Vandals are stealing the city’s heritage, with the historic sundial in the Company’s Garden having been targeted most recently.
While the sundial was stolen, bolts from the bottom of the Arch, an installation placed at the Adderley Street entrance to Government Avenue, as a birthday gift to Archbishop Emeritus Desmond Tutu, have also been disappearing.
Although there is little documented information about the sundial, many are familiar with the artefact, which is a national heritage site, as declared by National Government under the National Heritage Act.
JP Smith, the City of Cape Town’s mayoral committee member for safety, security and social services, said the theft of the sundial was of great concern to the City, as the Company’s Garden was an integral part of the city’s history and every effort to preserve the facility and its artefacts was made by the City’s recreation and parks department.
“The sundial is of particular importance as it dates back to 1781 and each component of the piece has a significant historical value.
“The sundial has historical value and the damage or theft of components to the piece cannot be adequately quantified. This also impacts directly on the quality of the experience of local and international tourists to enjoy the facility, as they visit the garden and learn more about Cape Town’s preserved history.”
While the City said the theft had been reported, police seem to have little knowledge of it.
When the CapeTowner ap-
proached the Central police for comment, spokesperson Captain Ezra October said police would be able to review CCTV footage from the Garden after the City had laid a charge of theft.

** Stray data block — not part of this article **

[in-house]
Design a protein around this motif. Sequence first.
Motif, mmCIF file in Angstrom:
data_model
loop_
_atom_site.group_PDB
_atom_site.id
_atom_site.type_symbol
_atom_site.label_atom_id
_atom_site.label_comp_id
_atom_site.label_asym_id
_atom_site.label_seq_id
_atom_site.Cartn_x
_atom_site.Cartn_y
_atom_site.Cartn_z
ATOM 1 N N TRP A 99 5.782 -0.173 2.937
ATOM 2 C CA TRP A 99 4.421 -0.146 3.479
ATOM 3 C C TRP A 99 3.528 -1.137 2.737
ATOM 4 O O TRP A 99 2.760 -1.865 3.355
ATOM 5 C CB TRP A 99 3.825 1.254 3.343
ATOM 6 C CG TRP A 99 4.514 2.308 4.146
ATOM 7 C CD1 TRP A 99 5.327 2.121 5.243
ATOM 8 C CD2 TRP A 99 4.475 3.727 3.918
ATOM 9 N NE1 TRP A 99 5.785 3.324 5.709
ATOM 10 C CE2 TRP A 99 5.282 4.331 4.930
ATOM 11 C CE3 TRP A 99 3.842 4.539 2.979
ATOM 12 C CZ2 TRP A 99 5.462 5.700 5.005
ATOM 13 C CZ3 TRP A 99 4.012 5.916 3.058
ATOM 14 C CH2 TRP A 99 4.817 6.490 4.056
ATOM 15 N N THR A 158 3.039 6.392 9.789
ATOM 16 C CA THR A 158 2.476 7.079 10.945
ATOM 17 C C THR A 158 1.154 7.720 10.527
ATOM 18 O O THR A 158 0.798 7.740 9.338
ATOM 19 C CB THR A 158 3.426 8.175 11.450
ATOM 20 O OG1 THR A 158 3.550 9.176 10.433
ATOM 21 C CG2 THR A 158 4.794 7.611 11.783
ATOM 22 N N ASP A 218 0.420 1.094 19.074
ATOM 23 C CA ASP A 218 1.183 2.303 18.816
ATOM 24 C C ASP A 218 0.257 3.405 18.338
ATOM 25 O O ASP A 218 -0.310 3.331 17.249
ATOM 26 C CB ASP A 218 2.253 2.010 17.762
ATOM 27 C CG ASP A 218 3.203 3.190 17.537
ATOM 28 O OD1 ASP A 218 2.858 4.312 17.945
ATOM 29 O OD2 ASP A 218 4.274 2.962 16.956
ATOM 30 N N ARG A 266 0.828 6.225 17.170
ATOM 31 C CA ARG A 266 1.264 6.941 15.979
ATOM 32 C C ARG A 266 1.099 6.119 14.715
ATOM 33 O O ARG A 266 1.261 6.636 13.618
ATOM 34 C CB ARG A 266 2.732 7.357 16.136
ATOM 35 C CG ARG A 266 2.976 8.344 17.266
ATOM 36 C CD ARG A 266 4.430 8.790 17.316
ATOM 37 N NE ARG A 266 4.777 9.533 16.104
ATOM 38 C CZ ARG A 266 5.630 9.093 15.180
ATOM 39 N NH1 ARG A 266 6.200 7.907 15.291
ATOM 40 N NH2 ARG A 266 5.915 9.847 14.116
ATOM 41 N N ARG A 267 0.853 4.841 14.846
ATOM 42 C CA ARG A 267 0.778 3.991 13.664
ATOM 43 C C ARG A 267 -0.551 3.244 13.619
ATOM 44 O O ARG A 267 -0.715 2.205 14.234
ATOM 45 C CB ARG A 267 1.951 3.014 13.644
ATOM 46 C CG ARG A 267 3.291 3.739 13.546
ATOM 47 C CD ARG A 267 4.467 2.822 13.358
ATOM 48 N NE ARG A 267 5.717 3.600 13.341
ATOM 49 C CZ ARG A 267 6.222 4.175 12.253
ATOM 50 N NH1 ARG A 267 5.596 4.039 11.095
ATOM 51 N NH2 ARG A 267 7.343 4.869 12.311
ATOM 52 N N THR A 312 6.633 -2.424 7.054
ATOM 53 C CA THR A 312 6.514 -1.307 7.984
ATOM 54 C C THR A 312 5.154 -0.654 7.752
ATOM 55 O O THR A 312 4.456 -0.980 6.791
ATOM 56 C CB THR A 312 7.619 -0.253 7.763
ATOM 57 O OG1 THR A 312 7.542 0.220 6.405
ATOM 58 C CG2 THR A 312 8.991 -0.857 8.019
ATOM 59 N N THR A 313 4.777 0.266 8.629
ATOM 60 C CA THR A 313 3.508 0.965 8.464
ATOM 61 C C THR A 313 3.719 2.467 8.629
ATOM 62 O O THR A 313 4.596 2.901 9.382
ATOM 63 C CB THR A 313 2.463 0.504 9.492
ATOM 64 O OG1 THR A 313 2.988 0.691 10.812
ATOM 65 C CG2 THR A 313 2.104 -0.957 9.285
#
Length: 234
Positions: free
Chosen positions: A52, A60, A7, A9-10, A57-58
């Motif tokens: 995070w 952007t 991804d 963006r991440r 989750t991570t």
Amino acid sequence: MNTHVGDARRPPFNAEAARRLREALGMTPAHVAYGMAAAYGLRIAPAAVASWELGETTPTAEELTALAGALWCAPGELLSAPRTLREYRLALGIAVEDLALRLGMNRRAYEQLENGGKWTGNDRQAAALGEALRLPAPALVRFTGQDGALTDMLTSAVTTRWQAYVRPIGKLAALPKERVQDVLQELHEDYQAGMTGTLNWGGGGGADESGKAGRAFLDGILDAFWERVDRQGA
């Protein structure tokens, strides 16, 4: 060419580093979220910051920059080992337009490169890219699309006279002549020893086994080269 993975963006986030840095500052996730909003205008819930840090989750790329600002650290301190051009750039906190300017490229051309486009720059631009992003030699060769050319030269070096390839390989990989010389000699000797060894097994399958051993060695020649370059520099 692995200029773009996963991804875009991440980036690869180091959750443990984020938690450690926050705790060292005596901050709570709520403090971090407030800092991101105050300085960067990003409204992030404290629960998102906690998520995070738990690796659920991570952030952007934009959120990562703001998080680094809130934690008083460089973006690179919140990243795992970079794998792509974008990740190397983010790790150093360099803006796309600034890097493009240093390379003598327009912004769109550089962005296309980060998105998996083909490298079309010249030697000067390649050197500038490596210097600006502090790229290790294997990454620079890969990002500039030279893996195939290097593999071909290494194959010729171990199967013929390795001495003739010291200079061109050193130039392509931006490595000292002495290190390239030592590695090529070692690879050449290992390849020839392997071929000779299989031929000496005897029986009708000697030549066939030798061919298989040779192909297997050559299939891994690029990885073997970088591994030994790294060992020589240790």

Meanwhile, Design Indaba will be taking the necessary precautions to secure the bolts on the bottom of the Arch when they replace it. The Arch was unveiled on Saturday October 7, last year to coincide with Archbishop Emeritus Tutu’s 86th birthday (“’Arch’ honoured with very own arch, CapeTowner, October 12, 2017).
Commissioned by Design Indaba, the wooden arch was made by Oslo and New York-based architecture firm Snohetta and Johannesburg-based architect Thomas Chapman.
Beverley Cupido, the project manager at Design Indaba, said they were in the process of having the bolts replaced, as well as securing them so that they could not be easily removed.
“We don’t really understand the vandalism as it takes a lot of time and effort to remove them, but the next step is taking the extra precautions for this not to happen.”
She said the bolts would be replaced this week, and the plates, due to specialised work required, would be replaced in the next month.
When the CapeTowner spoke to some of the homeless people about the vandalism of the Arch and the theft of the sundial, they were willing to share their thoughts but did not want to be named for fear of being victimised.
A homeless woman said she didn’t believe the sundial had been stolen by a homeless person, as they would have heard about it by now. She said some of the homeless didn’t even know that the sundial was missing.
“The Garden also means a lot to the homeless people. For some of them, it is their home, and a place of solitude and relaxing. I don’t think they would have stolen it, but we will keep our eyes and ears open.”
A homeless man told the CapeTowner the bolts on the Arch were “a waste of time” to steal because a single bolt weighed relatively little.
“You have to take many to tip the scale when selling it as scrap,” he said.
The City said there were two security guards on duty at night on the inside (fenced off area of Company’s Garden), and the CCID security were in the Government Avenue until about 9pm. After 9pm, there were patrols by law enforcement.